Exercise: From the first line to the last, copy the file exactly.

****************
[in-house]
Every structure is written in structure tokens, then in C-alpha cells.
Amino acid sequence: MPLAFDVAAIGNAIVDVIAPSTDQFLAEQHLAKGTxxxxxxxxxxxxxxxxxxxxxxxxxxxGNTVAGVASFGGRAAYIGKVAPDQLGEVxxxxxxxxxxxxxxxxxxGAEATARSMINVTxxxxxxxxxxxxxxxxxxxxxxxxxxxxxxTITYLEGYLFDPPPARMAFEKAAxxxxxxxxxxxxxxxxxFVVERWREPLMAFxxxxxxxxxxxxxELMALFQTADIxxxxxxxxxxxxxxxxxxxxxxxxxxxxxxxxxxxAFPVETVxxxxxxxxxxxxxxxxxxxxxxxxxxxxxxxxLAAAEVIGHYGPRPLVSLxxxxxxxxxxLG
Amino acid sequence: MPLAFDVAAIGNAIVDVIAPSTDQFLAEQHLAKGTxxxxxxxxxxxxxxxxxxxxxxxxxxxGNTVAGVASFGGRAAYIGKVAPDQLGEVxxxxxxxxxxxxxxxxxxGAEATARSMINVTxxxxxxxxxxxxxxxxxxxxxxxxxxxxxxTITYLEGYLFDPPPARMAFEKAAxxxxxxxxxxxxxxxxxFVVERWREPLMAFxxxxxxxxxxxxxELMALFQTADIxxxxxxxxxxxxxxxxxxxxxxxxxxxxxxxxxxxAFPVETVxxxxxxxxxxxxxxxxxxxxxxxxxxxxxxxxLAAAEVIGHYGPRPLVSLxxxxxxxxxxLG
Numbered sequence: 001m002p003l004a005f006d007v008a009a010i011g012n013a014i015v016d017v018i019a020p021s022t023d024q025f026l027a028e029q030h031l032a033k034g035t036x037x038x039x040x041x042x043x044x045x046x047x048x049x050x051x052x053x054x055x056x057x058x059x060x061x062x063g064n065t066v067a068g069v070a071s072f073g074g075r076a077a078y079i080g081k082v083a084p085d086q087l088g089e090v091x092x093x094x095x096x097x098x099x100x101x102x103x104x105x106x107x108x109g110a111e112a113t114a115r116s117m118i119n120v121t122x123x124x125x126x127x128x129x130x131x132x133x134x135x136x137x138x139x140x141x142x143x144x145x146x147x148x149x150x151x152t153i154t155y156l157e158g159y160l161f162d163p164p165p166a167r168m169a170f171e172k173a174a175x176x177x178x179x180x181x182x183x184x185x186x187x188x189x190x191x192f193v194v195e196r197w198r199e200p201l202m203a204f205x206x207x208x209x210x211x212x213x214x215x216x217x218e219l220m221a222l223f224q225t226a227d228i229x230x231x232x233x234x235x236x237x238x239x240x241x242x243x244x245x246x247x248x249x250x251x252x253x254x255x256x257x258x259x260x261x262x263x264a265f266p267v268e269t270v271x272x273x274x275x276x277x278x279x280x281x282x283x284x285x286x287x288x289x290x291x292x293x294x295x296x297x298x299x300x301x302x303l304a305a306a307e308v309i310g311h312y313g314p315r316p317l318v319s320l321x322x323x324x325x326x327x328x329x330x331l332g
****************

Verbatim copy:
[in-house]
Every structure is written in structure tokens, then in C-alpha cells.
Amino acid sequence: MPLAFDVAAIGNAIVDVIAPSTDQFLAEQHLAKGTxxxxxxxxxxxxxxxxxxxxxxxxxxxGNTVAGVASFGGRAAYIGKVAPDQLGEVxxxxxxxxxxxxxxxxxxGAEATARSMINVTxxxxxxxxxxxxxxxxxxxxxxxxxxxxxxTITYLEGYLFDPPPARMAFEKAAxxxxxxxxxxxxxxxxxFVVERWREPLMAFxxxxxxxxxxxxxELMALFQTADIxxxxxxxxxxxxxxxxxxxxxxxxxxxxxxxxxxxAFPVETVxxxxxxxxxxxxxxxxxxxxxxxxxxxxxxxxLAAAEVIGHYGPRPLVSLxxxxxxxxxxLG
Amino acid sequence: MPLAFDVAAIGNAIVDVIAPSTDQFLAEQHLAKGTxxxxxxxxxxxxxxxxxxxxxxxxxxxGNTVAGVASFGGRAAYIGKVAPDQLGEVxxxxxxxxxxxxxxxxxxGAEATARSMINVTxxxxxxxxxxxxxxxxxxxxxxxxxxxxxxTITYLEGYLFDPPPARMAFEKAAxxxxxxxxxxxxxxxxxFVVERWREPLMAFxxxxxxxxxxxxxELMALFQTADIxxxxxxxxxxxxxxxxxxxxxxxxxxxxxxxxxxxAFPVETVxxxxxxxxxxxxxxxxxxxxxxxxxxxxxxxxLAAAEVIGHYGPRPLVSLxxxxxxxxxxLG
Numbered sequence: 001m002p003l004a005f006d007v008a009a010i011g012n013a014i015v016d017v018i019a020p021s022t023d024q025f026l027a028e029q030h031l032a033k034g035t036x037x038x039x040x041x042x043x044x045x046x047x048x049x050x051x052x053x054x055x056x057x058x059x060x061x062x063g064n065t066v067a068g069v070a071s072f073g074g075r076a077a078y079i080g081k082v083a084p085d086q087l088g089e090v091x092x093x094x095x096x097x098x099x100x101x102x103x104x105x106x107x108x109g110a111e112a113t114a115r116s117m118i119n120v121t122x123x124x125x126x127x128x129x130x131x132x133x134x135x136x137x138x139x140x141x142x143x144x145x146x147x148x149x150x151x152t153i154t155y156l157e158g159y160l161f162d163p164p165p166a167r168m169a170f171e172k173a174a175x176x177x178x179x180x181x182x183x184x185x186x187x188x189x190x191x192f193v194v195e196r197w198r199e200p201l202m203a204f205x206x207x208x209x210x211x212x213x214x215x216x217x218e219l220m221a222l223f224q225t226a227d228i229x230x231x232x233x234x235x236x237x238x239x240x241x242x243x244x245x246x247x248x249x250x251x252x253x254x255x256x257x258x259x260x261x262x263x264a265f266p267v268e269t270v271x272x273x274x275x276x277x278x279x280x281x282x283x284x285x286x287x288x289x290x291x292x293x294x295x296x297x298x299x300x301x302x303l304a305a306a307e308v309i310g311h312y313g314p315r316p317l318v319s320l321x322x323x324x325x326x327x328x329x330x331l332g